I guess I just don’t understand what health care reform is. I thought it meant pre-existing conditions couldn’t be used against me. I thought if I want to get insurance from a private company I could. I thought I could keep my kids on my plan until they’re 26. I actually thought reform was good for businesses to include the insurance industry because that many more people are getting insurance which should be good for insurance companies because they get more premiums. What did I miss and why are poor people and old people regardless of party against it? They actually want to be refused service for when they get sick?

  2. Ms Madcow says:

    I strongly agree with Michael …. Mr. Murphy won because he ran on his leftist views that are supported by the majority of left leaning voters in the 5th district. The vast majority of Democrats up for election during the last race avoided the Obamacare issue because it is unpopular. My speculation … Murphy stuck with it because he believes in Obamacare AND because he knew he would win in the 5th doing so. Are you saying he would have stayed with Obamacare if he knew he would loose doing so? Ha Ha Ha. Connecticut Democrat Machine showed Liberman what would happen if you stuck with your beliefs.

  3. Michael McDonold says:

    I strongly agree with you Brian. As a person who spent some time working for Chris as a volunteer, I am biased. But it is Chris Murphy’s beliefs, and willingness to stand on his record that got him re-elected. I must disagree with Mr. (Far) Right and Ms. Madcow that Chris’s stands were based on what he thought would get him back to Washington. The 5th Congressional District is hardly a bastion of “leftist” politics, and to imply such is an example of the cynicism that pervades to political dialogue in our country. We need and deserve a healthcare system that works for all of us.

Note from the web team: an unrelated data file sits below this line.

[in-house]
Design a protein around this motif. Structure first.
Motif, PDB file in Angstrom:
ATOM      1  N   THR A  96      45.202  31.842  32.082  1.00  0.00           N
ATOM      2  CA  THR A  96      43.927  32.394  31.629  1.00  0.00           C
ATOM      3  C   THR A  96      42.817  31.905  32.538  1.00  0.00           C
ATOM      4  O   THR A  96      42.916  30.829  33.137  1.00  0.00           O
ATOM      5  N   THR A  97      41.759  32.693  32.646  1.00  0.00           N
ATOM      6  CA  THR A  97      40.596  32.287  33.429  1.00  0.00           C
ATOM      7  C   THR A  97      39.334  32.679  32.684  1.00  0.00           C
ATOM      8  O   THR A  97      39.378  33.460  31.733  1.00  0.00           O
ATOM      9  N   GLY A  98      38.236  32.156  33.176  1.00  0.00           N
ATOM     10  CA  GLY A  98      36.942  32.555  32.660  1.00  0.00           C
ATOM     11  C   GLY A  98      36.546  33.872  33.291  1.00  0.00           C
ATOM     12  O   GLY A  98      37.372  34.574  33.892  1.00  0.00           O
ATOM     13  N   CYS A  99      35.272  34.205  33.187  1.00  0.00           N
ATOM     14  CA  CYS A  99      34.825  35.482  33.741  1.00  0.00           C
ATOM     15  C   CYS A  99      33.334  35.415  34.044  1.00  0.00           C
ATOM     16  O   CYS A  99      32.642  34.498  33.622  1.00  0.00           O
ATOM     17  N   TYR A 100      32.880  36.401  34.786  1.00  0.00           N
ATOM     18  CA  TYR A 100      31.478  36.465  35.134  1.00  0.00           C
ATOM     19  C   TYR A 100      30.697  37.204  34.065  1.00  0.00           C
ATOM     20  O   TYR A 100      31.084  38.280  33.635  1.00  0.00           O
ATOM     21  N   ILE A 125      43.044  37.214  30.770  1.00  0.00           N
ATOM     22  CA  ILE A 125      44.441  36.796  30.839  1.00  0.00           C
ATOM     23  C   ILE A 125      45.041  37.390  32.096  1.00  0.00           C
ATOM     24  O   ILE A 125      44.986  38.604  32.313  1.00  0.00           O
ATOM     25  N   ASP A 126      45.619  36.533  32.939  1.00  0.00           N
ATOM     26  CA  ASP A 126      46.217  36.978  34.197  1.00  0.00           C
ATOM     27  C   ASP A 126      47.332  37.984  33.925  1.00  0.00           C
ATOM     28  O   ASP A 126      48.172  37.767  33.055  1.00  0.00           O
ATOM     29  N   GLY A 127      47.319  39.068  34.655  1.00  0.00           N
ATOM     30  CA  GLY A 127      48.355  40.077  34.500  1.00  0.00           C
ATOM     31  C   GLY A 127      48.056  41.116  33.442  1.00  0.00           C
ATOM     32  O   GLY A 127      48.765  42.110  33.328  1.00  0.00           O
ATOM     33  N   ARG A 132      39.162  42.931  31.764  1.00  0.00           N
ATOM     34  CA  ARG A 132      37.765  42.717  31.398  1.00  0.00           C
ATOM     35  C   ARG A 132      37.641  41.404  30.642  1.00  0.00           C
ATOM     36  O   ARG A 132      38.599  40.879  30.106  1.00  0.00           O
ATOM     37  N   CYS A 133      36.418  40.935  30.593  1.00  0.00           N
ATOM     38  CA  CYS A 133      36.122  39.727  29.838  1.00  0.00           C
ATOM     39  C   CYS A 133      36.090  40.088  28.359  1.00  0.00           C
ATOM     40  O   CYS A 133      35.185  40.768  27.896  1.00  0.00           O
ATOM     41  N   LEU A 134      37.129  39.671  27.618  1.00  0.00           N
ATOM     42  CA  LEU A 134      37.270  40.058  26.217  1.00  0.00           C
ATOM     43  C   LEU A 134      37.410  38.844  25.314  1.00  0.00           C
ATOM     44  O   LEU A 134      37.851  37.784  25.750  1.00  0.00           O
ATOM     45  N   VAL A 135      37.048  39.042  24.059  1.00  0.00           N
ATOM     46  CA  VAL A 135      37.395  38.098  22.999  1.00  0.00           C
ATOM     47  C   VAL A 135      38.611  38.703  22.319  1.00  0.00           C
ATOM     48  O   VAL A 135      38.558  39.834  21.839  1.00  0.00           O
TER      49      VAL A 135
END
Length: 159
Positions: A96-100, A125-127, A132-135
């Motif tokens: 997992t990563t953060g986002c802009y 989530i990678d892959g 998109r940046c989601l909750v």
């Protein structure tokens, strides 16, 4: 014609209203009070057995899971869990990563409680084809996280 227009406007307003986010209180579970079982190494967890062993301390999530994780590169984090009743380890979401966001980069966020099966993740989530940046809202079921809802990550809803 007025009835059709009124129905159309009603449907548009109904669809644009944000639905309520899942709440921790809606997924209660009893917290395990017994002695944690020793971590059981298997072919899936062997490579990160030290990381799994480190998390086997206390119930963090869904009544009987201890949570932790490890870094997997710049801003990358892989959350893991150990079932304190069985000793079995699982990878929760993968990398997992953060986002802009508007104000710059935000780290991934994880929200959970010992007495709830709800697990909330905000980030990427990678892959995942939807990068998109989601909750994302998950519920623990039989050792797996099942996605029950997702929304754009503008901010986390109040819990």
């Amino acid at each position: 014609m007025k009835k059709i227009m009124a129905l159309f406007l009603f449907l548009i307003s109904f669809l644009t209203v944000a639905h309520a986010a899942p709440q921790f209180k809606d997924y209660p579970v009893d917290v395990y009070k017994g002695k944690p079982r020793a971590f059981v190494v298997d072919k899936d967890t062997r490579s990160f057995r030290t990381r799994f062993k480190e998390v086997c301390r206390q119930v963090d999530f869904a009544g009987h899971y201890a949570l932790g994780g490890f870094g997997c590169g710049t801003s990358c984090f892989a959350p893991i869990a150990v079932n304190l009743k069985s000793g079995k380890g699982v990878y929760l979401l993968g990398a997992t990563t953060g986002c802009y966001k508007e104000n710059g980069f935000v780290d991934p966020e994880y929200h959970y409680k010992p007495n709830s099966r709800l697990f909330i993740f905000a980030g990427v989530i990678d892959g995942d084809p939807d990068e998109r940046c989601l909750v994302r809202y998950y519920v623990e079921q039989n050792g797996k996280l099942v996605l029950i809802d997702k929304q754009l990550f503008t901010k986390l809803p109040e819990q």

4. charley says:

    Right on Brian. You know who’s government health care Boehner didn’t vote against? His own very liberal congressman’s government health coverage.

  5. Rachel Madcow says:

    Murphy was one of those very few Democrats who defended Obamacare in the last election because he knew this was one of the very few states where he could get away with that position.

    Mr. Koonz thinks Murphy defended Obamacare “because it was the right thing to do”. I think, you see, Murphy defended it because he didn’t want to run for the Senate as an Independent …. like Liberman.

    If Koonz thinks only the Republicans are “nasty” then he only hears with his LEFT ear and thinks with his LEFT brain.

  6. Mr Right says:

    Again Koonz reveals his socialist orientation, thinking Murphy is good for “healthcare”, ie Health insurance that is funded by the federal government for all. Talk about putting your finger in the air, and assuming the majority of people want the government to take over healthcare services, his article reveals an idiot who luckily is in the minority, unless you consider the inner-city riff raff in this entitlement-hungry state who are only accelerating the flight of reasonable people from CT, and all that will be left will be unaccomplished losers with their hands out.